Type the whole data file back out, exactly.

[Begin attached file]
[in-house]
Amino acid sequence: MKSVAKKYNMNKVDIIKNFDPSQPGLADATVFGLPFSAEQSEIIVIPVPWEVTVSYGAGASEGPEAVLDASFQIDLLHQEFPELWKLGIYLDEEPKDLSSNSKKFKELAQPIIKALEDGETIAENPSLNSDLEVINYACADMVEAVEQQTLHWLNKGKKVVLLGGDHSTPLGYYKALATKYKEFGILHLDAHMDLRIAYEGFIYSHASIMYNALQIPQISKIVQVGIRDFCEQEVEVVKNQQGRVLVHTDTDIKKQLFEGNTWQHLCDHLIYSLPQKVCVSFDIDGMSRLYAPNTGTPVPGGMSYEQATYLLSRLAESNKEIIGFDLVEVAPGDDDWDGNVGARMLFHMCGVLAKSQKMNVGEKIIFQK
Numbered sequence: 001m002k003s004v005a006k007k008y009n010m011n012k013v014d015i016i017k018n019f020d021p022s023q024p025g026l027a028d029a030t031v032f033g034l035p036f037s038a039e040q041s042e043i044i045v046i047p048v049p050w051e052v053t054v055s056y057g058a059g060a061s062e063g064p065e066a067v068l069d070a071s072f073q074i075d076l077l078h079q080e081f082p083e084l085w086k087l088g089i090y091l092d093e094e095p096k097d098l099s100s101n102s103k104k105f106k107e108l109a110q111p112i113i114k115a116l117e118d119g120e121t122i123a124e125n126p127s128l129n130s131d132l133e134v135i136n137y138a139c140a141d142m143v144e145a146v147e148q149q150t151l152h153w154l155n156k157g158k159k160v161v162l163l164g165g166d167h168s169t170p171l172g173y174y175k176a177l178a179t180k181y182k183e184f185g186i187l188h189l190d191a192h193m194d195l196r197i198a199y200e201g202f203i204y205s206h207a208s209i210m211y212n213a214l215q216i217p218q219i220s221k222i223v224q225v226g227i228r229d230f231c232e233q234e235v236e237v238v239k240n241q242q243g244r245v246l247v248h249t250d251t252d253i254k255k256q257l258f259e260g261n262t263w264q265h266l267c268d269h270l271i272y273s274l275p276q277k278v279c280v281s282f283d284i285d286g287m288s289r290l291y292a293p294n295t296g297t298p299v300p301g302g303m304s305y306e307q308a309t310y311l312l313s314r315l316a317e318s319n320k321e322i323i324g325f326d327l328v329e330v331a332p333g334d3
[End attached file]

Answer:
[in-house]
Amino acid sequence: MKSVAKKYNMNKVDIIKNFDPSQPGLADATVFGLPFSAEQSEIIVIPVPWEVTVSYGAGASEGPEAVLDASFQIDLLHQEFPELWKLGIYLDEEPKDLSSNSKKFKELAQPIIKALEDGETIAENPSLNSDLEVINYACADMVEAVEQQTLHWLNKGKKVVLLGGDHSTPLGYYKALATKYKEFGILHLDAHMDLRIAYEGFIYSHASIMYNALQIPQISKIVQVGIRDFCEQEVEVVKNQQGRVLVHTDTDIKKQLFEGNTWQHLCDHLIYSLPQKVCVSFDIDGMSRLYAPNTGTPVPGGMSYEQATYLLSRLAESNKEIIGFDLVEVAPGDDDWDGNVGARMLFHMCGVLAKSQKMNVGEKIIFQK
Numbered sequence: 001m002k003s004v005a006k007k008y009n010m011n012k013v014d015i016i017k018n019f020d021p022s023q024p025g026l027a028d029a030t031v032f033g034l035p036f037s038a039e040q041s042e043i044i045v046i047p048v049p050w051e052v053t054v055s056y057g058a059g060a061s062e063g064p065e066a067v068l069d070a071s072f073q074i075d076l077l078h079q080e081f082p083e084l085w086k087l088g089i090y091l092d093e094e095p096k097d098l099s100s101n102s103k104k105f106k107e108l109a110q111p112i113i114k115a116l117e118d119g120e121t122i123a124e125n126p127s128l129n130s131d132l133e134v135i136n137y138a139c140a141d142m143v144e145a146v147e148q149q150t151l152h153w154l155n156k157g158k159k160v161v162l163l164g165g166d167h168s169t170p171l172g173y174y175k176a177l178a179t180k181y182k183e184f185g186i187l188h189l190d191a192h193m194d195l196r197i198a199y200e201g202f203i204y205s206h207a208s209i210m211y212n213a214l215q216i217p218q219i220s221k222i223v224q225v226g227i228r229d230f231c232e233q234e235v236e237v238v239k240n241q242q243g244r245v246l247v248h249t250d251t252d253i254k255k256q257l258f259e260g261n262t263w264q265h266l267c268d269h270l271i272y273s274l275p276q277k278v279c280v281s282f283d284i285d286g287m288s289r290l291y292a293p294n295t296g297t298p299v300p301g302g303m304s305y306e307q308a309t310y311l312l313s314r315l316a317e318s319n320k321e322i323i324g325f326d327l328v329e330v331a332p333g334d3